March 7 and 8, 1999 Evora, Alvito and Sagres
This morning we headed out to the Pousada at Evora. The Pousada is called dos Loios, and is in an old, converted monastery. We got there, and what a disappointment! The front desk staff was snotty and told us that our room wasn’t ready. I got the feeling we weren’t dressed fashionably enough for their taste. So, at this point we walked around, checking out the converted monastery, and got a chance to peek into a couple of rooms. From what we saw, we decided that the old monk’s cells weren’t worth $150 a night. There just wasn’t anything special there. So, we pressed on to the next closest Pousada to check it out before we made a reservation.
Before we left Evora however, we thought we should check out the sights in the town that had led us there in the first place. However, since it was Sunday, everything was shuttered and the town had all the charm of a ghost town at high noon. The Roman Temple of Diana (above) sits in the square just opposite the Pousada and is impressive, though not worth more than five minutes of study. There was, however, one other thing (which David will describe below) that we had to wait to reopen in the afternoon, the Capela dos Ossos in the Igreja de Sao Francisco, before going on our way. We found a cafe in the Cathedral square where it seemed most of the locals were, having Sunday lunch. We managed to squeeze into a couple of seats and had a nice meal, waiting for the Chapel to open.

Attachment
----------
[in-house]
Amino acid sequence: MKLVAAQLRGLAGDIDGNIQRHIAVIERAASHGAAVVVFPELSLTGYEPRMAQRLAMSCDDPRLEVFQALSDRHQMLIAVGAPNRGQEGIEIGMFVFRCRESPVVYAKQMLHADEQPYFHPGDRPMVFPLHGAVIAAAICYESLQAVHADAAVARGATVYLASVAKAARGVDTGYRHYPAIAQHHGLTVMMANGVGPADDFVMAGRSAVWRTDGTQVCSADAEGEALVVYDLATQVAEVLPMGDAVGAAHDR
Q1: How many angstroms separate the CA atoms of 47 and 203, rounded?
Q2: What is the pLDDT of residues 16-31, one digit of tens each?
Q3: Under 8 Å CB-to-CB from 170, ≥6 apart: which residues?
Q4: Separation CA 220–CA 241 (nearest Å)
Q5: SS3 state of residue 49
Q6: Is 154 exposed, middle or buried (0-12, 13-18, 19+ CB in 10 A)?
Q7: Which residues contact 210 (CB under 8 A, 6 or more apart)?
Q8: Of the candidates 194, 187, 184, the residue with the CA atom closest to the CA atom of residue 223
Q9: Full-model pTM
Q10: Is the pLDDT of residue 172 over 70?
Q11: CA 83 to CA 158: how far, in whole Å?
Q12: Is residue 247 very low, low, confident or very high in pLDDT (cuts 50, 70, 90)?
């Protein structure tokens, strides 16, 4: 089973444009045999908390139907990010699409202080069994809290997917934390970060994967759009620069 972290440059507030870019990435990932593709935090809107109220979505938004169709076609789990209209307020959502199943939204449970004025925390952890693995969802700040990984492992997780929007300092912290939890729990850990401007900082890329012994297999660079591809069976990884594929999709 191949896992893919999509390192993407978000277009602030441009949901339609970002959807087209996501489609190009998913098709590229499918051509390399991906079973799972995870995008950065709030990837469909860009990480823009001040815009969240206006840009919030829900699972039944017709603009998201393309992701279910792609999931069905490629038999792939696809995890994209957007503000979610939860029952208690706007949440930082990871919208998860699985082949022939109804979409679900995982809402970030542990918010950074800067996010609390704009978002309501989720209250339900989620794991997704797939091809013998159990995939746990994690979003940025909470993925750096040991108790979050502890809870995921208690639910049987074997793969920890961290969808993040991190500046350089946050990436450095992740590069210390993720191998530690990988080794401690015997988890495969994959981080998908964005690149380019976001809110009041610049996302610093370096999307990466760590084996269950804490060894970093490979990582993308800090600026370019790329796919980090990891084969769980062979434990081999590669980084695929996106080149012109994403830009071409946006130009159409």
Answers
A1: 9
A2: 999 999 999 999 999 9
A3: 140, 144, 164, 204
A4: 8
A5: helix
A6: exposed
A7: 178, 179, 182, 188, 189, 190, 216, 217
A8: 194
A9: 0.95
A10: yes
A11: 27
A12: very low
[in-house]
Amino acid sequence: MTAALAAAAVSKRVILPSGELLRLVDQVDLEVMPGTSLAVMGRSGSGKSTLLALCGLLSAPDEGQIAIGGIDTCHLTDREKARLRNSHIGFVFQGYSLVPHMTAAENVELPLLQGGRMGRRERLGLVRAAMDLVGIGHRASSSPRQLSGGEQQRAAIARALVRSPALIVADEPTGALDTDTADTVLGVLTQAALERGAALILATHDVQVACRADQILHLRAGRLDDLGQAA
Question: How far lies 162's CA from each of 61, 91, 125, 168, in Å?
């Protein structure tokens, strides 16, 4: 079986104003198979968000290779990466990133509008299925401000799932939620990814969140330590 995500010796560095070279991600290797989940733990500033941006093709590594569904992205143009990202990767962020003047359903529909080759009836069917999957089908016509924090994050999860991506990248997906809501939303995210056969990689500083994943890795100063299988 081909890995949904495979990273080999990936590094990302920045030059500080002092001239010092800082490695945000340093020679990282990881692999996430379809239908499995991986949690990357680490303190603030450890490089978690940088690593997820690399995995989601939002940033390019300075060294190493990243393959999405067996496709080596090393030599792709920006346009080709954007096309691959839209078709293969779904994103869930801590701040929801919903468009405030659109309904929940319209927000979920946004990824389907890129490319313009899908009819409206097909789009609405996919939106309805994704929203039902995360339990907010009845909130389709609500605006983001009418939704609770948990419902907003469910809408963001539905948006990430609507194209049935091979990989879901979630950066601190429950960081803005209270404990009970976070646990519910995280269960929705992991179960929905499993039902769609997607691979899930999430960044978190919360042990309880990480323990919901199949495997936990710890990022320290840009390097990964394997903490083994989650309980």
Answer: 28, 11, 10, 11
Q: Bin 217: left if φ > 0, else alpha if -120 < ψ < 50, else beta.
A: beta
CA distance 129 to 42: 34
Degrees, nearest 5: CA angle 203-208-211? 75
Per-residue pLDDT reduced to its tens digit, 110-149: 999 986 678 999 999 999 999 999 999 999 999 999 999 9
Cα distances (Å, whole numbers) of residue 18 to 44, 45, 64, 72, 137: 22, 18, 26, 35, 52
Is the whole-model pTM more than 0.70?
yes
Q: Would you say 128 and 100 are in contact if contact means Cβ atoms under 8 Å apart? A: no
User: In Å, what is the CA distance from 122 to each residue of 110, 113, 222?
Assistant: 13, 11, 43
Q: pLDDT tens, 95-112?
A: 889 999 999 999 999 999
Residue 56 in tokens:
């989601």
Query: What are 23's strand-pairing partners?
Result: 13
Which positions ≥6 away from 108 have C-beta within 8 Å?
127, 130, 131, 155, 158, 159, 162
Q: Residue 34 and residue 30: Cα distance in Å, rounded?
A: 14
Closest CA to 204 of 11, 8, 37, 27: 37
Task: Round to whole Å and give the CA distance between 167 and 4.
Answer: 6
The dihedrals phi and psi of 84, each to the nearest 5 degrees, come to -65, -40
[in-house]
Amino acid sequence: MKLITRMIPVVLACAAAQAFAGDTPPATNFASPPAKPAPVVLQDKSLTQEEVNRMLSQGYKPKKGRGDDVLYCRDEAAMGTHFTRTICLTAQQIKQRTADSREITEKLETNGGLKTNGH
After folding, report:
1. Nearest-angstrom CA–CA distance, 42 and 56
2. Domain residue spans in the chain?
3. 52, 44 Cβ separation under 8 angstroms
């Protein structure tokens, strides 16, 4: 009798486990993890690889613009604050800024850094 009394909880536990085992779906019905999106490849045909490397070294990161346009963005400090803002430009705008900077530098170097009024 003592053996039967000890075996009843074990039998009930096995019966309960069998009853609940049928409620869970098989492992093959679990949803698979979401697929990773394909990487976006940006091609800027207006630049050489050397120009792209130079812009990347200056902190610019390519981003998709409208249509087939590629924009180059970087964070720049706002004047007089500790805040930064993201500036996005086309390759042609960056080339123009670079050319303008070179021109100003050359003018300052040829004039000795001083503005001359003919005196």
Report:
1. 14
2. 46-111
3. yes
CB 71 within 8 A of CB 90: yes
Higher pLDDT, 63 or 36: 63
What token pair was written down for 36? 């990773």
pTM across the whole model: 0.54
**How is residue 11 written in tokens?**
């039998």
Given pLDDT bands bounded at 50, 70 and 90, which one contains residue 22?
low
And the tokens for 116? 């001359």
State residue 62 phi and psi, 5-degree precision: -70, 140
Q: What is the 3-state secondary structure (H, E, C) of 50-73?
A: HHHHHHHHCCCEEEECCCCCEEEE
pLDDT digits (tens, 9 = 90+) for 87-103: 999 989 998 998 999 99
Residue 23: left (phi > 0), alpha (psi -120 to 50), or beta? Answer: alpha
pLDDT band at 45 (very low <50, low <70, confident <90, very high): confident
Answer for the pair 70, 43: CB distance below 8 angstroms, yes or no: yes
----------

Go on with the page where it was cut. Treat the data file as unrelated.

If you look closely at the texture of the wall in the picture below, you will become aware that the skeleton hanging from the wall is not the most gruesome aspect of this image.
The Capela Dos Ossos was created by a couple of really sick Franciscan friars in the 16th century, whose sense of the macabre is even darker than my own. Yes, those are skulls. The entire chapel is made from human skulls and bones. The wall arches and window frames are made from leg and arm bones, while all the walls and the ceiling arches are skulls.
The Friars who built the chapel did so to inspire meditation amongst their fellow men, but I am forced to meditate on their methods for the construction of this chapel. The story goes that they went out at night and dug up graves in order to collect building materials for the chapel. It is not tiny, either. It took the bodies of 5000 individuals to complete this eerie chamber of pious meditation. Now, I ask you, was it really the Christian thing to do, digging up all those dead people?
A Castle for the King and Queen
After we left Evora, we wound up in the tiny town of Alvito. Alvito is so small it doesn’t even rate an entry in the Michelin Green Guide, even though it has a 15th-century castle and some beautiful churches. The houses in the town are painted in a very unique and traditional way.